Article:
Commuters urged to prepare for Paralympic Games
Commuters are being urged to make alternative travel arrangements for the second time this summer as London prepares to host the Paralympic Games.
Travel bosses have outlined plans to cope as the transport network prepares for another influx of visitors and children go back to school.
The Paralympic Games are the second largest sporting event in the world with 2.5m tickets expected to be sold.
The Games run from 29 August to 9 September.
Transport for London (TfL) has urged commuters to avoid travel hotspots during the Games, with traffic expected to be much heavier as schools return from their summer breaks.
Premier League football matches in the capital, BBC Proms in the Park and the Thames Festival are also expected to heap more pressure on the transport network during the Games.
East London, particularly around the Olympic Park in Stratford, the ExCeL centre and Greenwich Park, will be hit with the greatest demand as this is where many of the competitions will be staged.
TfL expects up to 215,000 spectators to visit the Olympic Park on most days during the Paralympics.
London's transport commissioner Peter Hendy said: "We already know the London 2012 Paralympic Games will see the most spectators in its history, which is fantastic.
"And with the new school year beginning in the second week and larger groups expected to travel together on the public transport network, we expect these Games to hold some new and unique challenges.
"We're confident that transport will cope well during the Paralympic Games, as it did during the Olympics, provided businesses and Londoners continue to plan and change the way or time that they travel, using the tools and information available at getaheadofthegames.com."
Mayor of London Boris Johnson said: "One of the things that made the Olympic Games such a great success was the way Londoners changed the way they usually travel, arriving at work a little earlier or later to avoid the busiest times.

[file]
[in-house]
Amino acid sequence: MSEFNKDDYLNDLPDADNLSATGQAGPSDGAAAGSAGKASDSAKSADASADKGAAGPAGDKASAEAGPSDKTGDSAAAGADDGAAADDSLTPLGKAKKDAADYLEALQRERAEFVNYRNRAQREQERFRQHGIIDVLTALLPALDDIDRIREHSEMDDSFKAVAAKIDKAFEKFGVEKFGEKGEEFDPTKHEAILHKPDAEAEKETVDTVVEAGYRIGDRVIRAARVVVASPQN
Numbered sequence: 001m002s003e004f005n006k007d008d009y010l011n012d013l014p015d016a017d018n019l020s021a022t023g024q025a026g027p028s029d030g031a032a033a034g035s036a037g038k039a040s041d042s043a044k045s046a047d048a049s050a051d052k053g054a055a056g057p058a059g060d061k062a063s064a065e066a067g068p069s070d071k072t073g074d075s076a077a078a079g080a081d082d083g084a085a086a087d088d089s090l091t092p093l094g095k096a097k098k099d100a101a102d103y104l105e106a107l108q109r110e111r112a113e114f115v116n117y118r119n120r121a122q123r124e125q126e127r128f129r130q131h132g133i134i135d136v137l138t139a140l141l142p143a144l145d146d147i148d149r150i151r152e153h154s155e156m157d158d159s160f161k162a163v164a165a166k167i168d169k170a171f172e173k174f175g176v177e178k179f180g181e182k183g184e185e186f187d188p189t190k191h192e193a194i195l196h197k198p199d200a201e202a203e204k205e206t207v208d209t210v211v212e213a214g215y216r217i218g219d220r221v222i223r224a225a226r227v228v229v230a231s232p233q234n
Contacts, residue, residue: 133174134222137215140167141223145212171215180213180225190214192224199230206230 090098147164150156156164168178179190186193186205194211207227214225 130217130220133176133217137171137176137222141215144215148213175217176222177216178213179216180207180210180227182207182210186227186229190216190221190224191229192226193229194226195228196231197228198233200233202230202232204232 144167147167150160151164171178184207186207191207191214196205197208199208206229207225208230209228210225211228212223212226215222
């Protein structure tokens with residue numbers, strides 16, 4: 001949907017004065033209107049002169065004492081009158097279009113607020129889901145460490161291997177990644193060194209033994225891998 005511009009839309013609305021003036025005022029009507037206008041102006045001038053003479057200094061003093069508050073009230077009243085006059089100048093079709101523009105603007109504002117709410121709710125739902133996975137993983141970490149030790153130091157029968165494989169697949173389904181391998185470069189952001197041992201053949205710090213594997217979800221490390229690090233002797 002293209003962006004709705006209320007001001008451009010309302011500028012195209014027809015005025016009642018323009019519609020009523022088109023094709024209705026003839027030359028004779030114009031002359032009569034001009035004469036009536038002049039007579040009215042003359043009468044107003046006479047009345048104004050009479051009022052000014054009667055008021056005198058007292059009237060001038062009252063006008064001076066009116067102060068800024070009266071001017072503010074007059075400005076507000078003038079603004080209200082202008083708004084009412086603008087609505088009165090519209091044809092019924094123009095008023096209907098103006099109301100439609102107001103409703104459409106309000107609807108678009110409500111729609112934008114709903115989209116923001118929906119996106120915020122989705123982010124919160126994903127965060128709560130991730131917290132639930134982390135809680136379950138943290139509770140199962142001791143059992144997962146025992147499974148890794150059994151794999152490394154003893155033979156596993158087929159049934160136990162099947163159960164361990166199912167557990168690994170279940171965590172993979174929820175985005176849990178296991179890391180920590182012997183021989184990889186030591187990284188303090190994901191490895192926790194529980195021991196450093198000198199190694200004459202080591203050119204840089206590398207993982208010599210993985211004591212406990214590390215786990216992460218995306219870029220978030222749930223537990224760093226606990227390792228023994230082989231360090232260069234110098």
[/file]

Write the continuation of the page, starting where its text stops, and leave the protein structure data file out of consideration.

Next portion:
"I want to thank every Londoner for that, and to ask everybody to plan ahead once more, so they can get out and enjoy everything London has to offer during the Paralympics and help keep our great city moving."
Commuters have been warned they could face heavy congestion with the arrival of the Paralympic Games Torch Relay in London and the opening ceremony at the Olympic Park on 29 August.
Team GB's Olympians and Paralympians will be honoured with a parade through the streets of the capital on 10 September.
It is set to begin at Mansion House in the City of London and finish in central London.
The Games will also be screened along with live entertainment at Trafalgar Square and at Potters Field by City Hall, bringing further travel congestion.
TfL has warned the Jubilee Line from Waterloo to Stratford, the Central Line from Holborn to Stratford and the entire Docklands Light Railway (DLR) will see the largest number of passengers during the Games, particularly between the peak hours of 0730 BST to 0930 and 1600 to 1900.
Some key national rail stations, such as King's Cross, St Pancras, London Bridge, Paddington, Waterloo and Victoria are also expected to be busier than normal around these times.
Park and Ride
London Underground, the DLR and London Overground will run an hour later during the Games, with the last trains leaving central London and Paralympic venues at around 0130.
National rail services will also operate additional services during the Games.
On the roads, a Paralympic Route Network (PRN) will be in operation, but on a smaller scale than the Olympic Route Network (ORN), TfL said.
The PRN will start to be introduced overnight on 25 August before it becomes fully operational on the first day of the Paralympics.
It will include 8.7 miles of Games Lanes on roads linking the City of London - where the International Paralympic Committee (IPC) and the world's media will be based - with the Olympic Park and other venues, including ExCeL, the North Greenwich Arena, Greenwich Park and Royal Artillery Barracks.
There will also be a separate games lane on the M4, which comes into force on Wednesday.
Motorists have been urged to avoid driving around the PRN routes and venues, particularly around the Olympic Park in Stratford and on the A102 approach roads north and south of the Blackwall Tunnel.
The A2, A12 and A13 routes into London are also expected to be busier than usual, particularly in the morning peak.
Ticket holders who have a Blue Badge and plan to drive to Paralympic events have been reminded they must book park-and-ride or blue badge parking at venues in advance.